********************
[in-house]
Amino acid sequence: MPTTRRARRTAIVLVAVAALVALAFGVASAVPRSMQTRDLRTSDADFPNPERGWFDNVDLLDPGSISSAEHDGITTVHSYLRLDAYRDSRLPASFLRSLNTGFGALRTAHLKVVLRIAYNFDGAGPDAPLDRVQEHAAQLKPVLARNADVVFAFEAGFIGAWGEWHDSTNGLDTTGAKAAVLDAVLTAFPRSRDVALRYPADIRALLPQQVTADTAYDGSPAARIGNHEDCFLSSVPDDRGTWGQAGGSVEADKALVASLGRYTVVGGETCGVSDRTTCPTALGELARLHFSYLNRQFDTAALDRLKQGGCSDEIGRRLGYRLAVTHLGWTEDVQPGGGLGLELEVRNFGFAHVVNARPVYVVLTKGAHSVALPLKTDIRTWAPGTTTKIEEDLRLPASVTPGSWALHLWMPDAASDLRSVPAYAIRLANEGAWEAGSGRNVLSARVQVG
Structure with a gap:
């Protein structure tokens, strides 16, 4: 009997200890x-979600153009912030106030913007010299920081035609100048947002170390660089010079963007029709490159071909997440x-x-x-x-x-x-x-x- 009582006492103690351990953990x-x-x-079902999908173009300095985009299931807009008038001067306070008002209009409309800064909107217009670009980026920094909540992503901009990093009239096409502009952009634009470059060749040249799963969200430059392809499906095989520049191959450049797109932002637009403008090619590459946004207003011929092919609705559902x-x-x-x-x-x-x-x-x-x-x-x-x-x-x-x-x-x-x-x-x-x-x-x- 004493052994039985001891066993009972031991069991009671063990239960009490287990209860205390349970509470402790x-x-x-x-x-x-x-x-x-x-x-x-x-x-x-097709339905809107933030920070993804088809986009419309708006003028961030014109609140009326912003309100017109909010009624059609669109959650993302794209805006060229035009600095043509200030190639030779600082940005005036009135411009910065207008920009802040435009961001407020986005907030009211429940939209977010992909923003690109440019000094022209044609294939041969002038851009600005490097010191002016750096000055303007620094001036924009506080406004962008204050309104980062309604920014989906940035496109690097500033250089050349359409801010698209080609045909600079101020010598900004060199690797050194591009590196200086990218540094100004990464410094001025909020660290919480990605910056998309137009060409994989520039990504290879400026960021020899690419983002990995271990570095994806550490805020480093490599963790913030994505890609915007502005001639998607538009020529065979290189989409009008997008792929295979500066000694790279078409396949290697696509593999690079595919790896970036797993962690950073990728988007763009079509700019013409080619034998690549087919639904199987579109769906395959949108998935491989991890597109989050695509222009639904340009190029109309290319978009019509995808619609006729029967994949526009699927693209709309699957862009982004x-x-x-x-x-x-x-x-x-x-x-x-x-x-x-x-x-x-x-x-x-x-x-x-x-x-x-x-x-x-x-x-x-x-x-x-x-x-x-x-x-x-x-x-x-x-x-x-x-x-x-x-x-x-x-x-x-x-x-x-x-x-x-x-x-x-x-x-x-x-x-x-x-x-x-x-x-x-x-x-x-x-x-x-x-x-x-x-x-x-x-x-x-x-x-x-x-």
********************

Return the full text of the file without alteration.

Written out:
[in-house]
Amino acid sequence: MPTTRRARRTAIVLVAVAALVALAFGVASAVPRSMQTRDLRTSDADFPNPERGWFDNVDLLDPGSISSAEHDGITTVHSYLRLDAYRDSRLPASFLRSLNTGFGALRTAHLKVVLRIAYNFDGAGPDAPLDRVQEHAAQLKPVLARNADVVFAFEAGFIGAWGEWHDSTNGLDTTGAKAAVLDAVLTAFPRSRDVALRYPADIRALLPQQVTADTAYDGSPAARIGNHEDCFLSSVPDDRGTWGQAGGSVEADKALVASLGRYTVVGGETCGVSDRTTCPTALGELARLHFSYLNRQFDTAALDRLKQGGCSDEIGRRLGYRLAVTHLGWTEDVQPGGGLGLELEVRNFGFAHVVNARPVYVVLTKGAHSVALPLKTDIRTWAPGTTTKIEEDLRLPASVTPGSWALHLWMPDAASDLRSVPAYAIRLANEGAWEAGSGRNVLSARVQVG
Structure with a gap:
């Protein structure tokens, strides 16, 4: 009997200890x-979600153009912030106030913007010299920081035609100048947002170390660089010079963007029709490159071909997440x-x-x-x-x-x-x-x- 009582006492103690351990953990x-x-x-079902999908173009300095985009299931807009008038001067306070008002209009409309800064909107217009670009980026920094909540992503901009990093009239096409502009952009634009470059060749040249799963969200430059392809499906095989520049191959450049797109932002637009403008090619590459946004207003011929092919609705559902x-x-x-x-x-x-x-x-x-x-x-x-x-x-x-x-x-x-x-x-x-x-x-x- 004493052994039985001891066993009972031991069991009671063990239960009490287990209860205390349970509470402790x-x-x-x-x-x-x-x-x-x-x-x-x-x-x-097709339905809107933030920070993804088809986009419309708006003028961030014109609140009326912003309100017109909010009624059609669109959650993302794209805006060229035009600095043509200030190639030779600082940005005036009135411009910065207008920009802040435009961001407020986005907030009211429940939209977010992909923003690109440019000094022209044609294939041969002038851009600005490097010191002016750096000055303007620094001036924009506080406004962008204050309104980062309604920014989906940035496109690097500033250089050349359409801010698209080609045909600079101020010598900004060199690797050194591009590196200086990218540094100004990464410094001025909020660290919480990605910056998309137009060409994989520039990504290879400026960021020899690419983002990995271990570095994806550490805020480093490599963790913030994505890609915007502005001639998607538009020529065979290189989409009008997008792929295979500066000694790279078409396949290697696509593999690079595919790896970036797993962690950073990728988007763009079509700019013409080619034998690549087919639904199987579109769906395959949108998935491989991890597109989050695509222009639904340009190029109309290319978009019509995808619609006729029967994949526009699927693209709309699957862009982004x-x-x-x-x-x-x-x-x-x-x-x-x-x-x-x-x-x-x-x-x-x-x-x-x-x-x-x-x-x-x-x-x-x-x-x-x-x-x-x-x-x-x-x-x-x-x-x-x-x-x-x-x-x-x-x-x-x-x-x-x-x-x-x-x-x-x-x-x-x-x-x-x-x-x-x-x-x-x-x-x-x-x-x-x-x-x-x-x-x-x-x-x-x-x-x-x-």